Did you know that most CO detectors in homes are high-level units? Additionally, they are installed near the floor, which is a wrong location. When they go off, people call the fire department and open the door waiting for the fire department. When the fire department arrives, the air is clear and the firefighters tell you that you have a bad CO detector. You close the door and start being poisoned again. You become ill, and your doctor gives you some type of prescription.
You need to place the CO detector at breathing height. You need to replace your high-level CO detector with a low-level CO detector. These units are a bit more expensive and can cost $119 – $129. You can buy these units from the internet or our store. If you choose to use the internet models, be careful. Some claim to be low level and are not. You want a unit that reads down to five PPM, not 40 or greater PPM. The unit you presently have reads 70 PPM or more. At this level, you have already been poisoned. Please go to our Carbon Monoxide Detector page for detector details.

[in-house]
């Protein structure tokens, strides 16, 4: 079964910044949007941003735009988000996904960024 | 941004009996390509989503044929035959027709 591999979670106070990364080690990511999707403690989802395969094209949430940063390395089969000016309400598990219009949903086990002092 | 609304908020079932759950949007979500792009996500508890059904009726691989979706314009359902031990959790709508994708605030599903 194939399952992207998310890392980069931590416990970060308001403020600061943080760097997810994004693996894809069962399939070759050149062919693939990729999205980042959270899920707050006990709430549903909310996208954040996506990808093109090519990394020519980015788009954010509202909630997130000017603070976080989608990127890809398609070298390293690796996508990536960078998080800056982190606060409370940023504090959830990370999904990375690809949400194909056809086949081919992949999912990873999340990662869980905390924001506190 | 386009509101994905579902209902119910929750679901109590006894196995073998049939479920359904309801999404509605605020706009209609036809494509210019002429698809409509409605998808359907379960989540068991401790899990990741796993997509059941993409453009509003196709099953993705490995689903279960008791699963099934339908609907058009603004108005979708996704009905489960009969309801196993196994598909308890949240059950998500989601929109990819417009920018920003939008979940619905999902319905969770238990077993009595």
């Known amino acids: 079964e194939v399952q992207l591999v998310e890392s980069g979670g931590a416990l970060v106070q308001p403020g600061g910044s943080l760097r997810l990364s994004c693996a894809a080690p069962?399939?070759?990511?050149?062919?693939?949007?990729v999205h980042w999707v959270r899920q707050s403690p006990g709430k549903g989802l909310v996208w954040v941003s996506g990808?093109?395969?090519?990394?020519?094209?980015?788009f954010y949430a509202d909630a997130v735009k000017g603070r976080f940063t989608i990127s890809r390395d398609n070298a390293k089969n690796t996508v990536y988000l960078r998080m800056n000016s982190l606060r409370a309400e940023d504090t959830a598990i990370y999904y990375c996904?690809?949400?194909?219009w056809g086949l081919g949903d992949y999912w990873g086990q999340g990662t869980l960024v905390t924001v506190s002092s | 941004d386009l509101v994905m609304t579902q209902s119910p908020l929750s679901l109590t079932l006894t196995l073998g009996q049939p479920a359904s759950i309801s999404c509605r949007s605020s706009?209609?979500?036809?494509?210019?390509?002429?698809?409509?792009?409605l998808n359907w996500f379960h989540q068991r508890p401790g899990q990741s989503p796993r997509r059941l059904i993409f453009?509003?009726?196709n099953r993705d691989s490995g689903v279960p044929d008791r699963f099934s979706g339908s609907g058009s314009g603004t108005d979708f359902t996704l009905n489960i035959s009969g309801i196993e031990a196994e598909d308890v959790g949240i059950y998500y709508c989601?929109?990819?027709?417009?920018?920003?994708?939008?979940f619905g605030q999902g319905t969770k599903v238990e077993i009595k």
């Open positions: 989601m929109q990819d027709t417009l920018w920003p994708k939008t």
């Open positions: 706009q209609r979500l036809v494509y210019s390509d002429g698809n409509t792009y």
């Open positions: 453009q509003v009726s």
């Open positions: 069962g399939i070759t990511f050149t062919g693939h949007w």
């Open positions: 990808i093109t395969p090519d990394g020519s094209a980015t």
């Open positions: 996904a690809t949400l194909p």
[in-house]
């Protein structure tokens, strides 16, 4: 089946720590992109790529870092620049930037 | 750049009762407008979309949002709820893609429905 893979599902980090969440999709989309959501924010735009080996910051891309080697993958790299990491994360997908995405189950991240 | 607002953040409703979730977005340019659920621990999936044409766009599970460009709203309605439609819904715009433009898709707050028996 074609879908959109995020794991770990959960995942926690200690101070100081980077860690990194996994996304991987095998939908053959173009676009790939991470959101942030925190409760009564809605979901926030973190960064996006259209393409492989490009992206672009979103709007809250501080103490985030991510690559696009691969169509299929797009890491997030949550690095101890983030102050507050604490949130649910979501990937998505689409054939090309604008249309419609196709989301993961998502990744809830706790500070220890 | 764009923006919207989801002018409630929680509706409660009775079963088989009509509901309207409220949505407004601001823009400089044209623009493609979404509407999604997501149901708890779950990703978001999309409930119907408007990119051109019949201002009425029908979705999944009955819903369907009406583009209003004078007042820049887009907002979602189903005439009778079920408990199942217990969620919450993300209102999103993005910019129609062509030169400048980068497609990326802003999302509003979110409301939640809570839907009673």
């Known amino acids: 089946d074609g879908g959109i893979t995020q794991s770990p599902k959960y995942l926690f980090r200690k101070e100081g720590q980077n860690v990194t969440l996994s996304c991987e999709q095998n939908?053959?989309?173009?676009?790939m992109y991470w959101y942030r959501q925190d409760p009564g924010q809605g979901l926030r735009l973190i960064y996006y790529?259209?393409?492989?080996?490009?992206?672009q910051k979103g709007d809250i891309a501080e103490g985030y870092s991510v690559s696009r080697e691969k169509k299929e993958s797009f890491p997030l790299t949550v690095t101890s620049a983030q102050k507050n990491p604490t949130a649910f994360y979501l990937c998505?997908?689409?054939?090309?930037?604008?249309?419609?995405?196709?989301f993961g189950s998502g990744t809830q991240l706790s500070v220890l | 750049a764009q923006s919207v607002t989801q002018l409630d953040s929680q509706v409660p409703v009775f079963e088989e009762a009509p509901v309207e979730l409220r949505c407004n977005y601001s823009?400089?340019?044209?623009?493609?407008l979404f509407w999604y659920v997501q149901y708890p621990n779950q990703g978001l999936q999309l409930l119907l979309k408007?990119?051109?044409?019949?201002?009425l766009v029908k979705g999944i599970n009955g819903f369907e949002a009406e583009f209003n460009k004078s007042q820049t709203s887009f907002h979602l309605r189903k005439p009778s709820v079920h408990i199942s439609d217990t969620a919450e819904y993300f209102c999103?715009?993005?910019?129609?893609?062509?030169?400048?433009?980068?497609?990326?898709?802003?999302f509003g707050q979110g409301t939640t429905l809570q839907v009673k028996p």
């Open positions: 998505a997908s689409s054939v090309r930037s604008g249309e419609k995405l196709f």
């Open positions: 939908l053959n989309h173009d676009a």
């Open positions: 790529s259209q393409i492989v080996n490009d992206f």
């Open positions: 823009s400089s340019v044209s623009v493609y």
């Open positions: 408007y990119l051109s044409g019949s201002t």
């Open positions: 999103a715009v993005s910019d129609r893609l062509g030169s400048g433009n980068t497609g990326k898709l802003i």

It is estimated that 30,000 people actually die of CO and 3,000,000 people become poisoned by CO yearly. (Data from Marko Vovk’s notes from the NCI CO 3-day seminar 12-19-04. )
Did you know that when the fire department comes to your home to test for CO they do not perform a combustion analysis and will most probably misdiagnose your problem?
WHAT CAUSES CARBON MONOXIDE:
- Carbon monoxide is produced by the incomplete combustion of the fossil fuels. Wood, oil, coal, and gas are used in boilers, furnaces, hot water heaters, ventless fireplaces, engines, oil burners, gas fires, solid fuel appliances, and open fires.
- Dangerous amounts of CO can accumulate in your home due to poor installation, poor maintenance, poor drafting, depressurization, damage to an appliance in service, fuel not burned properly, or when rooms are poorly ventilated and the carbon monoxide is unable to escape.